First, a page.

There's an old Wall Street adage that the stock market never gets knocked over by the same thing twice. I have no idea if that's true, but it offers a convenient explanation for the market's rather remarkable performance today. In the wake of the resignation of the head of Brazil's central bank and that country's decision to effectively devalue its currency, the market looked headed for a serious tumble, with the Dow down as many as 240 points in the first half hour and the Nasdaq off 110. But by day's end, most of those losses had been recouped, especially in the broader market (the Dow did finish down more than 125 points). Investors looked global turmoil in the face and apparently decided it wasn't anywhere near as bad as it could have been.
If that old adage is right, the market's reaction may have something to do with the devaluation of the ruble and the near-collapse of Long-Term Capital Management. While these things were happening, it certainly felt like the world was ending. But you only have to look around today to realize that anyone who held on to their stocks through that chaos reaped enormous gains, while anyone who went bottom-fishing in September is probably pricing yachts right now. As a result, buying on the dips now appears to be more than just conventional wisdom. It seems to be a recipe for instant wealth.
One consequence of a market as frothy--and as irresistible--as this one has become, after all, is that when stocks tumble, it's difficult to avoid thinking, "If they snap back to their 52-week highs, how much money is to be made?" In that first half-hour today, Lucent was down 11 points, @Home (the cable-modem provider) was down 20 points, and AOL was down more than 20. If you believed this really was the beginning of a bear market, of course, this was a good time to sell. But if you didn't--and there wasn't much reason to believe it was--then these stocks looked like low-hanging fruit. It took some chutzpah to jump in feet-first, but those people who did finished the day much richer than when it began.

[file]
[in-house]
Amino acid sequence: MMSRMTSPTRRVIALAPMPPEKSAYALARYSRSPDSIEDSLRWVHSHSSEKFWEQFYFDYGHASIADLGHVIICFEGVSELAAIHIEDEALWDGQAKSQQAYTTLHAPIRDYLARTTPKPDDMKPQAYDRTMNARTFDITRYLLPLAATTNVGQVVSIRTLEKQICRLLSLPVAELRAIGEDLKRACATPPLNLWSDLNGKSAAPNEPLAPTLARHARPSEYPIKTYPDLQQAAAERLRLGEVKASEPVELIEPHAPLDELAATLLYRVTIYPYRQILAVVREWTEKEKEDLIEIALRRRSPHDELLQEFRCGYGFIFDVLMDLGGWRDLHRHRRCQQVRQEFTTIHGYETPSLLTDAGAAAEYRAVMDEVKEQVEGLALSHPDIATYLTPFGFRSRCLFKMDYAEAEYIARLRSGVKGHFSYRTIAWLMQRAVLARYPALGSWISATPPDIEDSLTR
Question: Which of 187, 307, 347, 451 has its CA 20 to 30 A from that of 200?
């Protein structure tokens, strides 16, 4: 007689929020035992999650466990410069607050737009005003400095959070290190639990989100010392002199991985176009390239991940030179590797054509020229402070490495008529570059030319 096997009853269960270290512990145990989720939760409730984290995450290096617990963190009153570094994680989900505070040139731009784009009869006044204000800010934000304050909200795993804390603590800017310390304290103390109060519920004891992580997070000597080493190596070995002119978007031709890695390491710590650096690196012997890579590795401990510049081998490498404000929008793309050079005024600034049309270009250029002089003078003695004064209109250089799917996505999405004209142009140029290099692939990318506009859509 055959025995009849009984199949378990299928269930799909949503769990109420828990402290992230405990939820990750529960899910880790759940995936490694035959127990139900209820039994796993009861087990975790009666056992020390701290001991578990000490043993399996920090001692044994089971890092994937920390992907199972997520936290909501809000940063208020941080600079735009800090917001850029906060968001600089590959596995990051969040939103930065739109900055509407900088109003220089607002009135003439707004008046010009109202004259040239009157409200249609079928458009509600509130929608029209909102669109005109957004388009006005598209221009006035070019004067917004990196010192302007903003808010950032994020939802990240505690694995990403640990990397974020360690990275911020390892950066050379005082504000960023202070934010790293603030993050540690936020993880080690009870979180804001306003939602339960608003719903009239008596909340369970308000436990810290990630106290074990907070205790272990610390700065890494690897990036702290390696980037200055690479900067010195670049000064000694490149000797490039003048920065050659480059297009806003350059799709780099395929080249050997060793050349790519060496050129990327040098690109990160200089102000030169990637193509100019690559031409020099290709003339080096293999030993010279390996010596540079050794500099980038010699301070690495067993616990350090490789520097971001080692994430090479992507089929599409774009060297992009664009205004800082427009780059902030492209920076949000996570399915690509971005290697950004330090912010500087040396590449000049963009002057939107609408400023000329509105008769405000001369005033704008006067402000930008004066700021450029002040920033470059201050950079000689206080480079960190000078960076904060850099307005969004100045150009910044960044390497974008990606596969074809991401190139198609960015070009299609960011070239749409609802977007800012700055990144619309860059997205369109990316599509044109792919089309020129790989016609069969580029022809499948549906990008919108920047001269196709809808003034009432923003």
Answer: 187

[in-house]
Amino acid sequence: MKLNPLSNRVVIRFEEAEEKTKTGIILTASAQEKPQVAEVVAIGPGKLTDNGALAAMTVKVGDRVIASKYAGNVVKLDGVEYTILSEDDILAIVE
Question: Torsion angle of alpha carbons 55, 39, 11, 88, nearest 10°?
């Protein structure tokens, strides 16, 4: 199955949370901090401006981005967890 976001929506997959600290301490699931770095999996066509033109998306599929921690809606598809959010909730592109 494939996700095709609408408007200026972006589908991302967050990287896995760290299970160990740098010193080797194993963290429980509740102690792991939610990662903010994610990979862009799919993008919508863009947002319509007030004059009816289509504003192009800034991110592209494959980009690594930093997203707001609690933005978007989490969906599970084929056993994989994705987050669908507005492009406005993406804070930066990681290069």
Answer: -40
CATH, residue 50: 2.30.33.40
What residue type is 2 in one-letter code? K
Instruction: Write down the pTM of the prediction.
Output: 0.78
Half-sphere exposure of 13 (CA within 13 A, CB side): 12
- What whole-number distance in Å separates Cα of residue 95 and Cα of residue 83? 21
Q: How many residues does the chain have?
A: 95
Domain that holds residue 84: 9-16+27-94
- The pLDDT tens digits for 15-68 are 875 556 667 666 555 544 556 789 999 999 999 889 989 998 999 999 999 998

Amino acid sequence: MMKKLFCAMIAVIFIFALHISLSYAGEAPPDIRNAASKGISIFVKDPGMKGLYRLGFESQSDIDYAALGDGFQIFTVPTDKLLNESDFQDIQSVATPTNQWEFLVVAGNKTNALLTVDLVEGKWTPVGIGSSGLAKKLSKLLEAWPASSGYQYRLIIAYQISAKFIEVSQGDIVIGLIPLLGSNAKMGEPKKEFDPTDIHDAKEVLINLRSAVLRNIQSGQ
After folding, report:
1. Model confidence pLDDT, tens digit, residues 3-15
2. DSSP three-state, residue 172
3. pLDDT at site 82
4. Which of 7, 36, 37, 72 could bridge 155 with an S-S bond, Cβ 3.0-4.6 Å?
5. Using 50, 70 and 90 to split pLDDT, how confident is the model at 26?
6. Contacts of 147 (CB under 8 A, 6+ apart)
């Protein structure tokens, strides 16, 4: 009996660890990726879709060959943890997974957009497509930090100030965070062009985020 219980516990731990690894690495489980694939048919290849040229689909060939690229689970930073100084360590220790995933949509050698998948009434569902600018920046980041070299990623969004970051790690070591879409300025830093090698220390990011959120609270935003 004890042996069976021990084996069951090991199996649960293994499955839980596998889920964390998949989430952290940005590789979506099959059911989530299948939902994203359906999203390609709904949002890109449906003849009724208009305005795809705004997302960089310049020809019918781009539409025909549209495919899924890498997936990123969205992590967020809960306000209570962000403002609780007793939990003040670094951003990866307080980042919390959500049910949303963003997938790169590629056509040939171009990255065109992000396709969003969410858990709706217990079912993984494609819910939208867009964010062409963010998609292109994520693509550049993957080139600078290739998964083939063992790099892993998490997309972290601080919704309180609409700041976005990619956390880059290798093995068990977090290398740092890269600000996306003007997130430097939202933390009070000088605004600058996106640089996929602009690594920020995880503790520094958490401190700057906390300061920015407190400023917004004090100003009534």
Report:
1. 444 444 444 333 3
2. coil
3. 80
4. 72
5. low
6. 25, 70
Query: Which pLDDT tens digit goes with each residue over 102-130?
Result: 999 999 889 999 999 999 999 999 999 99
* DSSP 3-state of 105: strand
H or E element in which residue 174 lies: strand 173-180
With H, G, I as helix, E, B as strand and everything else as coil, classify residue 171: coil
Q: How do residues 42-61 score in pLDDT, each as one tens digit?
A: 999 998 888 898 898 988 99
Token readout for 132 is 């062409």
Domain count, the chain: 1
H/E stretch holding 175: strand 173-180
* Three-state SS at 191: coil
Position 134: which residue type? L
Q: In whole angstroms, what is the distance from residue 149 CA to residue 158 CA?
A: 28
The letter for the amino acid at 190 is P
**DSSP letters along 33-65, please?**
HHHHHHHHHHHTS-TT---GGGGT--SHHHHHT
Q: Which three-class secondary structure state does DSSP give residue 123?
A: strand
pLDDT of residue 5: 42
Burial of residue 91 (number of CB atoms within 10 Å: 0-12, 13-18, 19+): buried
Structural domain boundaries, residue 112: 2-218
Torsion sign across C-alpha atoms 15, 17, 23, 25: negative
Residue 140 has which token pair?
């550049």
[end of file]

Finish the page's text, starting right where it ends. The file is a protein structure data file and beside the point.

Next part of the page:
That's not to say that you should have jumped in and started buying. But it is to say that when a bull market has the legs that this one has, it alters the mindset of investors, forcing them to think about all the money they're not making, instead of all the money they might be losing. Eventually, this will change, and in fact last August and September all investors could think about was the money they might be losing. But Brazil was the worst news out there, and in the end even it wasn't enough to kill the bull.
Still, there is one thing to keep in mind. When Russia announced its devaluation of the ruble in mid-August, the market similarly panicked at the open, selling off in dramatic fashion, and then rebounded sharply, much more sharply in fact than it did today (the Dow finished up something like 140 points on the day the devaluation was announced). But within two weeks the Dow had its worst two days of the year, and within the month the Dow had given back more than 1,000 points. As I wrote a couple of days ago (see the "Pyramid Market" entry) the stock market in theory should be so efficient that the impact of Brazil's devaluation should now be fully priced into the market. But what happened last summer suggests that investors don't process information all at once, and that they sometimes underestimate the impact monetary crises have on global financial markets. Given that, I think a few weeks need to pass before we know if the Brazilian flu is really not contagious.